Even with all this stuff inside, the pod can easily be closed. At the front, there is a ventricular image, which changes from a chicken beak breaking through eggshell to the Chicken Suit Boy peaking through (you can see how this works in the video-review above). The whole thing is just really well done and it’s a lovely little pocket toy and collectible. As this is a free set with a low minimum purchase requirement, I would say it’s definitely worth it. The a #853958 LEGO Chicken Skater Pod is free with purchases of $35 or more until April 22nd at LEGO stores and the Online LEGO Shop.

The #40350 LEGO BrickHeadz Easter Chick is another great set for Easter. It is not free, but it is small and inexpensive enough for the Easter basket. The chick is very cute, using three shades of yellow/orange; standard yellow, bright-light-orange, and standard orange. I like the addition of the little scenery with flowers and a couple of eggs. The set includes 121 pieces, and the price is $9.99. You can find it at the LEGO BrickHeadz section of the Online LEGO Shop.

LEGO also put together a helpful page with small sets under $30 that could make nice gift items for Easter. The list includes sets from a variety of themes, so there is something to match everyone’s interest. There are small sets from LEGO City, LEGO Creator, LEGO Friends, LEGO Disney, LEGO Star Wars, LEGO Ninjago, LEGO Super Heroes, LEGO Speed Champions, LEGO Technic, and more. And of course, you can also browse the entire currently available selection at the Online LEGO Shop.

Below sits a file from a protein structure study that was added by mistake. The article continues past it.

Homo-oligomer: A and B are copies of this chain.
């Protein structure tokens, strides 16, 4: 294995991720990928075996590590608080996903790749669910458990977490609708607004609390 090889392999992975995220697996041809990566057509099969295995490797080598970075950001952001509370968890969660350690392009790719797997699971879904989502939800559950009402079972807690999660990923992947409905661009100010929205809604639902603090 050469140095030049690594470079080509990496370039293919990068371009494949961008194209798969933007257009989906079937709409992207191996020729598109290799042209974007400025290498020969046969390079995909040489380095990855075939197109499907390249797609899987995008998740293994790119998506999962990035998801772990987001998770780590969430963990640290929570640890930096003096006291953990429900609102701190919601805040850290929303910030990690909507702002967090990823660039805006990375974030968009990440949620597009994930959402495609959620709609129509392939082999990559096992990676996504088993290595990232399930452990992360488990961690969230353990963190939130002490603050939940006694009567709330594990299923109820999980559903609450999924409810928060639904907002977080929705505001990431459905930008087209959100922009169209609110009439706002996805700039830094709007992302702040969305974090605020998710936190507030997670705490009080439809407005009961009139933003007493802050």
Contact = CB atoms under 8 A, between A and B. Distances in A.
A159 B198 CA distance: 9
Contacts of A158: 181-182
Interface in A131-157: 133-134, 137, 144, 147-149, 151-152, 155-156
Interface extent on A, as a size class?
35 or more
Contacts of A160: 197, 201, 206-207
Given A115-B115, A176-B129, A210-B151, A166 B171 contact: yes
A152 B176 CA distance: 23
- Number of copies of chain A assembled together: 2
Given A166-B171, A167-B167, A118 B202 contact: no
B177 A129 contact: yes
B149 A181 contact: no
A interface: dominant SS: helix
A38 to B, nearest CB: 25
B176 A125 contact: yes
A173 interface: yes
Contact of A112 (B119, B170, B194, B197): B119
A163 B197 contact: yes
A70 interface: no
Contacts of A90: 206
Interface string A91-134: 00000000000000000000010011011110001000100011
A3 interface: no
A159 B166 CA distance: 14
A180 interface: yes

And, if you already have a good collection of LEGO pieces, you can build your own Easter projects, like Easter eggs, Easter bunnies, Easter-themed mosaics, and more. The LEGO Classic sets are especially suitable for these types of projects, as they include simple pieces in a rainbow of delightful colors. Happy Easter, and happy building!

What do you think? How do you like the LEGO Easter sets this year? Are you planning on any Easter projects using LEGO bricks? Feel free to share your thoughts and own ideas in the comment section below! 😉